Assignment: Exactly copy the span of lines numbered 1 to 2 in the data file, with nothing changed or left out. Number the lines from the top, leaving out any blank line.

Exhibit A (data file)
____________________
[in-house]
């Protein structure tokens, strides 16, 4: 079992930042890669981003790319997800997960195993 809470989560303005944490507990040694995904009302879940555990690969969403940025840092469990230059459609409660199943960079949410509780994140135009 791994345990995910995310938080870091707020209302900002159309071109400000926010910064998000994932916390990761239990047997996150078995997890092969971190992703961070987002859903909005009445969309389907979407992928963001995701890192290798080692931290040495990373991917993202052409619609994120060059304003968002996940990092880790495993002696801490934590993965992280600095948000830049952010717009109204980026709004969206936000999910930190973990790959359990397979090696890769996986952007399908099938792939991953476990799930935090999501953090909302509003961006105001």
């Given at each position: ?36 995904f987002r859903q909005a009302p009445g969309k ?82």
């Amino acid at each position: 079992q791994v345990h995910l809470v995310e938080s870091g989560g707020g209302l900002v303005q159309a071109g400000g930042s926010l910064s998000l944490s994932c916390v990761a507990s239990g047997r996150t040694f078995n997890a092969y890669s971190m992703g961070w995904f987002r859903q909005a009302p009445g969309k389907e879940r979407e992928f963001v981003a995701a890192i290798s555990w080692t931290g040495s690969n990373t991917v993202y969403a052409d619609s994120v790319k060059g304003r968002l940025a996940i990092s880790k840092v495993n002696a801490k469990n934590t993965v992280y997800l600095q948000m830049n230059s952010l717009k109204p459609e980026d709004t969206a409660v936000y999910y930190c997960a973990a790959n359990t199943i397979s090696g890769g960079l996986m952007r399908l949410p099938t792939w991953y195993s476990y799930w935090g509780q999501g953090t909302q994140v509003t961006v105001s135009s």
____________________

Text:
[in-house]
């Protein structure tokens, strides 16, 4: 079992930042890669981003790319997800997960195993 809470989560303005944490507990040694995904009302879940555990690969969403940025840092469990230059459609409660199943960079949410509780994140135009 791994345990995910995310938080870091707020209302900002159309071109400000926010910064998000994932916390990761239990047997996150078995997890092969971190992703961070987002859903909005009445969309389907979407992928963001995701890192290798080692931290040495990373991917993202052409619609994120060059304003968002996940990092880790495993002696801490934590993965992280600095948000830049952010717009109204980026709004969206936000999910930190973990790959359990397979090696890769996986952007399908099938792939991953476990799930935090999501953090909302509003961006105001």